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A street vendor

  1. Feb 1, 2015 #1
    1. The problem statement, all variables and given/known data
    A street vendor sells a hamburgers, b hot dogs, and c soft drinks on a given day. He charges $2 for a hamburger, $1.50 for a hot dog, and $1 for a soft drink. If A = <a, b, c>, and P = <2, 1.5, 1> , what is the meaning of the dot product A * P

    2. Relevant equations
    - Dot product of <x, y, z> and <a, b, c> is xa + yb + zc
    - Two vectors multiply to become a scalar.

    3. The attempt at a solution
    I have no clue what the significance of the dot product in this situation is. Additionally, I don't see how $1.50 and nor the number of hot dogs are vectors.
     
  2. jcsd
  3. Feb 1, 2015 #2

    O_o

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    Imagine they didn't say anything about vectors and just gave you the equation "2*a + 1.5*b + 1*c", would you know what it describes? You're multiplying the price of something by the number of those things you sold. What does that mean in real life?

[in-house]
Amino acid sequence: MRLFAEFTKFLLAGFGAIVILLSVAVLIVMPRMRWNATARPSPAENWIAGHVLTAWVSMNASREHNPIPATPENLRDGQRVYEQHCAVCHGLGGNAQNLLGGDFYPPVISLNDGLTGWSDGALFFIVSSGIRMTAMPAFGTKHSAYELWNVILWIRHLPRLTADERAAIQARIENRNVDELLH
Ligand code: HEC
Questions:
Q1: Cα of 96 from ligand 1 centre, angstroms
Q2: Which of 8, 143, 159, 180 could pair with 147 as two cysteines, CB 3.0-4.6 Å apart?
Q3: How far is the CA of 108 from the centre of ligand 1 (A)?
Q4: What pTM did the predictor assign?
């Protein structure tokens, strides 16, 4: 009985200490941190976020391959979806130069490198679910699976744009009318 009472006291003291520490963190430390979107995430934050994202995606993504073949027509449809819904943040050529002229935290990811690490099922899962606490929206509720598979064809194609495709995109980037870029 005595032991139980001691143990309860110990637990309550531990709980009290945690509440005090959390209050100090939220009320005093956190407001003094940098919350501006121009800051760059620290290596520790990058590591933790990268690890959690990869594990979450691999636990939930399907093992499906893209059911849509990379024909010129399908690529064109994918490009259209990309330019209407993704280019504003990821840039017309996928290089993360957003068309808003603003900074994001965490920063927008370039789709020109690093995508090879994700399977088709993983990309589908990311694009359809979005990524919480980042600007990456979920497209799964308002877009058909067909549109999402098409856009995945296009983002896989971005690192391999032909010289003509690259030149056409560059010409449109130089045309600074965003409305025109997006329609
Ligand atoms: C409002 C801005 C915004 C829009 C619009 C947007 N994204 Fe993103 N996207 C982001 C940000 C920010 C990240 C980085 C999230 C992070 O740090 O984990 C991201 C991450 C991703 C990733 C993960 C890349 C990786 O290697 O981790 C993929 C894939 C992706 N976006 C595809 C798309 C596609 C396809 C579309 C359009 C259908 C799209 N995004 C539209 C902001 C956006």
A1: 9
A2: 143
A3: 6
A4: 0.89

As for the vectors:

    Without all this business about hotdogs and money, do you know how to interpret <1, 2, 3>? It means that x = 1, y = 2, z = 3 in a traditional Euclidean space, right?

    Now just imagine that instead of x, y, z we relabel them "x = number of hamburgers, y = number of hotdogs and z = number of soft drinks". In this case x = a, y = b, z = c so they form a vector <a, b, c>.

    Do the same thing for the price. "x = price of a hamburger, y = price of a hotdog, z = price of a drink" then our vector is <2. 1.5, 1>.

    Doing the dot product we get 2*a + 1.5*b + 1*c
     
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